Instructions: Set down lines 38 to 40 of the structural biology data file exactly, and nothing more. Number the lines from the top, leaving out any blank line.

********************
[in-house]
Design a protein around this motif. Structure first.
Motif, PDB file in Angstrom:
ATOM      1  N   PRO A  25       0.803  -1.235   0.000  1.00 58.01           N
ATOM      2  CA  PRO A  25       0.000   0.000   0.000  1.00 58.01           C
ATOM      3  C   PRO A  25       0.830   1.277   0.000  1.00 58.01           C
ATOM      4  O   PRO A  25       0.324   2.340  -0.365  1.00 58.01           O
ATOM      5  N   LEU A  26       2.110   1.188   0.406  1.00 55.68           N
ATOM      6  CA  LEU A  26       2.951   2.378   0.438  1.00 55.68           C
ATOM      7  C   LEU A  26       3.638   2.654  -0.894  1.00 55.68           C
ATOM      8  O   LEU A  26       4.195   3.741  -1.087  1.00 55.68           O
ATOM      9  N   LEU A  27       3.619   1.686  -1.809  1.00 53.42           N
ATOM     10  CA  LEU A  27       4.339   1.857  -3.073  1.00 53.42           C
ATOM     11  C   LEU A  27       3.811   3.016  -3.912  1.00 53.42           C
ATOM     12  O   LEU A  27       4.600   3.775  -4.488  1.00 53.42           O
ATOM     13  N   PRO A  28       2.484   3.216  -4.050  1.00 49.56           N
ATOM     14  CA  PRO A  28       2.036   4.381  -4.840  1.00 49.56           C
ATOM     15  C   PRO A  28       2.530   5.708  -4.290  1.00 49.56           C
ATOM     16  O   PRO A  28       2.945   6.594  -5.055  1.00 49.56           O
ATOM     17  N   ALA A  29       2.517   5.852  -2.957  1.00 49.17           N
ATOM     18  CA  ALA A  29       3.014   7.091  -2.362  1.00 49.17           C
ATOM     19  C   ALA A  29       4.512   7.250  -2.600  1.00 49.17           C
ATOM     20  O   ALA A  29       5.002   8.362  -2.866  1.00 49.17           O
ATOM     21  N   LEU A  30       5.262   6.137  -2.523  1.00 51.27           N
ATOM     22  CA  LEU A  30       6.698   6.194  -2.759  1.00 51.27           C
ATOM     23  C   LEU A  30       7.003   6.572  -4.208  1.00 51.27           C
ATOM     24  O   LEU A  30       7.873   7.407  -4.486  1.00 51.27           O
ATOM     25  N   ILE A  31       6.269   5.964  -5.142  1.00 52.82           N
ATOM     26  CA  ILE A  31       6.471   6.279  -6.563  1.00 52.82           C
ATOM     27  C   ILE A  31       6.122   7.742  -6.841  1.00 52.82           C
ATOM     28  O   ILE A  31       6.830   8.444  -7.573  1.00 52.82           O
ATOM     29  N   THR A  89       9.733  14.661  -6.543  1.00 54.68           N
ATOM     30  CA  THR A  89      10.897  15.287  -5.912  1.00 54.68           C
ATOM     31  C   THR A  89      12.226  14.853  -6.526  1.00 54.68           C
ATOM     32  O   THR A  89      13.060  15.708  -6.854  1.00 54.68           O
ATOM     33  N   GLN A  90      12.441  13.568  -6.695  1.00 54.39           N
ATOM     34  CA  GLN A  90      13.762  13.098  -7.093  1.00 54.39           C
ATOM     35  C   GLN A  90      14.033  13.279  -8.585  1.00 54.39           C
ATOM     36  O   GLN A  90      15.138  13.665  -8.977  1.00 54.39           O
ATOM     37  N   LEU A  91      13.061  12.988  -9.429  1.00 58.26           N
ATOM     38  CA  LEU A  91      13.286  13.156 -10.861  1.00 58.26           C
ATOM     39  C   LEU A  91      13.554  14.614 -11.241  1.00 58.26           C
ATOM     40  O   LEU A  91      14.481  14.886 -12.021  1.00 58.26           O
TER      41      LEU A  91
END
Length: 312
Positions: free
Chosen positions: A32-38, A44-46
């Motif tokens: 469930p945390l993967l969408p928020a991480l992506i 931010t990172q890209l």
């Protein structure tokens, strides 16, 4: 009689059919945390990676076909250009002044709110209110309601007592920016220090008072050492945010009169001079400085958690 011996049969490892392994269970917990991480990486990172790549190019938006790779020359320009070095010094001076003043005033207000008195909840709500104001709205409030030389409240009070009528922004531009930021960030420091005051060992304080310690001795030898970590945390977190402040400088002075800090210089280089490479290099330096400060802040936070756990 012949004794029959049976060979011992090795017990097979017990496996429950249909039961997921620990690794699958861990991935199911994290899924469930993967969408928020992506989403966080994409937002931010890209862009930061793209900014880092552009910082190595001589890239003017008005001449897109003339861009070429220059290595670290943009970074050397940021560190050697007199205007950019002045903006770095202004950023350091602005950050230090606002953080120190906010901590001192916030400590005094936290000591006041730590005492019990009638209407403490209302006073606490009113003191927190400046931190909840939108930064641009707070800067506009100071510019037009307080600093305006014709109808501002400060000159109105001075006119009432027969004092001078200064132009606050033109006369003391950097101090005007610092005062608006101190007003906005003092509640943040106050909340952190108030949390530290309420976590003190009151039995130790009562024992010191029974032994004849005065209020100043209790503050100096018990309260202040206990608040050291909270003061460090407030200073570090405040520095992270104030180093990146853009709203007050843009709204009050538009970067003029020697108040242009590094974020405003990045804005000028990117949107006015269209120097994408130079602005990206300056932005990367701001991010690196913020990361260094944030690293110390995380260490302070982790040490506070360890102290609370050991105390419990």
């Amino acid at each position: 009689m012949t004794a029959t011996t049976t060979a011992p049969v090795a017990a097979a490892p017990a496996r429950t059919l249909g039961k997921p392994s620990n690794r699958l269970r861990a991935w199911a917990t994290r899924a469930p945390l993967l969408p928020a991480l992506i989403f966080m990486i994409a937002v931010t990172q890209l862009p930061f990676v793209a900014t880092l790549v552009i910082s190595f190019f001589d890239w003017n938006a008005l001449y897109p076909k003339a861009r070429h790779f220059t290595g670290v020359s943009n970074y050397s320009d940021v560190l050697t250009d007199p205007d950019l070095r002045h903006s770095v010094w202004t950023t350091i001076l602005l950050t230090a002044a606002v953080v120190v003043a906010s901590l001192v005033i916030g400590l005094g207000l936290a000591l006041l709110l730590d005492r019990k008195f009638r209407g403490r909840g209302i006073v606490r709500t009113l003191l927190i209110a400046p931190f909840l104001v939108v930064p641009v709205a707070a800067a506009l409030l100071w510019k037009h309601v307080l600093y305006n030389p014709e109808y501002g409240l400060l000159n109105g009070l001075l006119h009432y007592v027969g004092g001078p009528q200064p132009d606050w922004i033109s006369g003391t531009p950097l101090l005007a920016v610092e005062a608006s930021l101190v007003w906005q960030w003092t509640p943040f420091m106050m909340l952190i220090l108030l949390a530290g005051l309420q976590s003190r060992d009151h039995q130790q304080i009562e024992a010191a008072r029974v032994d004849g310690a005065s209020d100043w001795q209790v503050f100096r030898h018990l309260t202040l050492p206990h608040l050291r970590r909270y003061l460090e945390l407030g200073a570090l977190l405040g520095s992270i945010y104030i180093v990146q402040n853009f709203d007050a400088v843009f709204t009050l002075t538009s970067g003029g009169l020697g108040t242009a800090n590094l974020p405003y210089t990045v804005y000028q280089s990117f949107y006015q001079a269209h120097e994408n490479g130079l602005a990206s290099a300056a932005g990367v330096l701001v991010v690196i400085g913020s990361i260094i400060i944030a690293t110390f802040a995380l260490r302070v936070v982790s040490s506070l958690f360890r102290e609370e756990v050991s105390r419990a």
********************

ATOM     35  C   GLN A  90      14.033  13.279  -8.585  1.00 54.39           C
ATOM     36  O   GLN A  90      15.138  13.665  -8.977  1.00 54.39           O
ATOM     37  N   LEU A  91      13.061  12.988  -9.429  1.00 58.26           N